Belarus has a "special status" in the Council of Europe, says Katia Dolgova-Dreyer, representative of Directorate of Democratic Citizenship and Participation of the Council of Europe. On the one hand, Belarus is not a member of the Council of Europe, while on the other hand, it ratified the European Cultural Convention, where all the programmes on education, culture, sport and youth include representatives of Belarus. In Ms. Dolgova-Dreyer's opinion, student self-government as one of the Bologna principles is the quintessence of the modern approach to education:
"Of course, the aim of the reforms must be to ensure inclusion of students in the educational process. It is one of the main ideas of the Bologna process: the student should not just receive knowledge and be the "object" of education. Rather we are talking about a "student-centric" education, i.e. the students should be in the center of it, they should be involved."
Earlier this year Belarusian State University organized the first higher representative body of student self-governance: BSU Student Assembly. In 2014 the university for the first time was included in the world's top 500 universities, according to QS World University Rankings. Issues of student self-government in Belarus are very important for theEuropean Student Union (ESU). At the moment interests of Belarus are represented in the ESU by a "Belarusian Students' Association".
As noted by Maximas Milta, member of the 2014-2015 ESU Executive Committee, European Student Union also maintains contact with the new initiatives:
"The situation with student governance, representation of the interests of students in Belarus is a highly challenging one. We do our best to keep in touch with various emerging initiatives. An important and interesting phenomenon is that a lot of Lithuanian, Polish, Norwegian, Ukrainian members of our organization help Belarusian initiatives implement "capacity building" programmes. They are the Center for development of students' initiatives (CDSI), Brotherhood of Organizers of Student Self-Governance (BOSS), "RADA" Youth Council, the Association being formed in the Belarusian State University. I see that there is certain progress, and clearly there are different factors why this progress occurs."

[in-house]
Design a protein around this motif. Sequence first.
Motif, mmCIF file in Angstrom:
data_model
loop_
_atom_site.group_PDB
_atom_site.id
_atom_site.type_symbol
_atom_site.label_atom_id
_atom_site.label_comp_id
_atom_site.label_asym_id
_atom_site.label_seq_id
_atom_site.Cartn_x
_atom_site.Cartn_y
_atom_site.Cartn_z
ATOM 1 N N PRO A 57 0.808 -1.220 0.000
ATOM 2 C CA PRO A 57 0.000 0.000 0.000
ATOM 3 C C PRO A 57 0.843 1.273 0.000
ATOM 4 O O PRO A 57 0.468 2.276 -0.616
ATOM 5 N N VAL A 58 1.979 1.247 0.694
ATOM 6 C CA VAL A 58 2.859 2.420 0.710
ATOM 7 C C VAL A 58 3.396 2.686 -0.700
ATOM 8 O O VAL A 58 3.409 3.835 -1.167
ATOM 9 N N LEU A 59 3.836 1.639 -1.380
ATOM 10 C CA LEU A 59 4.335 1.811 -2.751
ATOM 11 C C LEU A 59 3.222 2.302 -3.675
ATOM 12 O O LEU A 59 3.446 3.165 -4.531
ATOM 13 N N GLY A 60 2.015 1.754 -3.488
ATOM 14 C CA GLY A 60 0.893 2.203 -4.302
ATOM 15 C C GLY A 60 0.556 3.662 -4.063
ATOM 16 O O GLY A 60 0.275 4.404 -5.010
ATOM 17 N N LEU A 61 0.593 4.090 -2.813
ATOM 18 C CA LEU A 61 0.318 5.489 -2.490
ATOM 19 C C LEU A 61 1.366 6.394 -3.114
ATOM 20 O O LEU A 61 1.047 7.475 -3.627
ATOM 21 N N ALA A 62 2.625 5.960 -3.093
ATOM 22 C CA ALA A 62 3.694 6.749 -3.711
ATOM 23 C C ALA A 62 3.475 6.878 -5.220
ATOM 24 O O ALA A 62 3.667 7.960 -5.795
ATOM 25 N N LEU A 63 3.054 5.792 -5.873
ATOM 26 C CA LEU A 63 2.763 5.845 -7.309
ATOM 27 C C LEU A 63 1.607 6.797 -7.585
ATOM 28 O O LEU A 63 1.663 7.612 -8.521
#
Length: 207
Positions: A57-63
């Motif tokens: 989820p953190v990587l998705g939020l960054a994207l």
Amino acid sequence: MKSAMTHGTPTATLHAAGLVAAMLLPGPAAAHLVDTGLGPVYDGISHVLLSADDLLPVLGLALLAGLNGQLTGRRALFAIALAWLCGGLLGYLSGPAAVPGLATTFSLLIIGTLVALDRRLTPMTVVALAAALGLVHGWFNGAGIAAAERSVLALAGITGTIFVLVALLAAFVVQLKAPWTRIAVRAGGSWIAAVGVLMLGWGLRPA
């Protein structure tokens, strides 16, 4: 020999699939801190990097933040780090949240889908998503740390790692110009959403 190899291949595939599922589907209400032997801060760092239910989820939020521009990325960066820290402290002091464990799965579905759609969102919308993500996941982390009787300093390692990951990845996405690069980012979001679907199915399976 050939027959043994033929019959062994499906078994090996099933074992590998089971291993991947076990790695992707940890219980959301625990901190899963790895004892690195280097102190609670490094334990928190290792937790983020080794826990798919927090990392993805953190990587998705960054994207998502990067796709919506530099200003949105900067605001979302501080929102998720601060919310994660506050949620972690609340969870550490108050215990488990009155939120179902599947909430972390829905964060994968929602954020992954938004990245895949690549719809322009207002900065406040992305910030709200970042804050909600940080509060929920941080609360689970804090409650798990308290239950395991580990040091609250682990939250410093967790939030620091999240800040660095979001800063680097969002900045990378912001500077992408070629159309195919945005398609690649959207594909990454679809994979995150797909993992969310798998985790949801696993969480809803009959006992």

Maximas Milta says that ESU's position on Belarus is still the same: students' interests need to be represented in a transparent and autonomous way, in accordance with the values that underpin the Bologna process.
On November 27-28 Belarus application will be discussed at the Rome meeting of Bologna Follow-Up Group (BFUG). The meeting will also make a decision on the agenda of the upcoming Conference of the Ministers of Education to be held in Yerevan on May 14-15.
Marta Touykova, a representative of the European Commission Directorate General for Education and Culture:
"The Bologna process is an intergovernmental one that involves 47 countries, the European Commission and advisory members. Belarus has submitted an application to join the Bologna process. Quality of the application will be assessed by a special committee which will then give recommendations to the ministers. The decision on the application will be made at the Conference of Ministers of Education in Yerevan in May 2015.
The EU supports modernization and reforms of the system of higher education of Belarus which were presented at the seminar "Structural Reforms in the European Higher Education Area: Challenges and Opportunities." The EU has developed two major instruments for capacity building and international academic cooperation: special programmes to fund projects and student mobility, and the 4th Platform of Eastern Partnership, which is a space to exchange experience and skills in the defined cooperation priority areas. So this is good, we are now gathering all the parties interested in future cooperation."
According to Marta Touykova, new EU member countries have managed to carry out reforms and modernize their systems of higher education. Modern opportunities provided by student mobility are very important:
"Students in Europe can travel freely. Only 20 years ago this would have been unimaginable. It is probably one of the major modern achievements of the European Union", said the European Commission representative.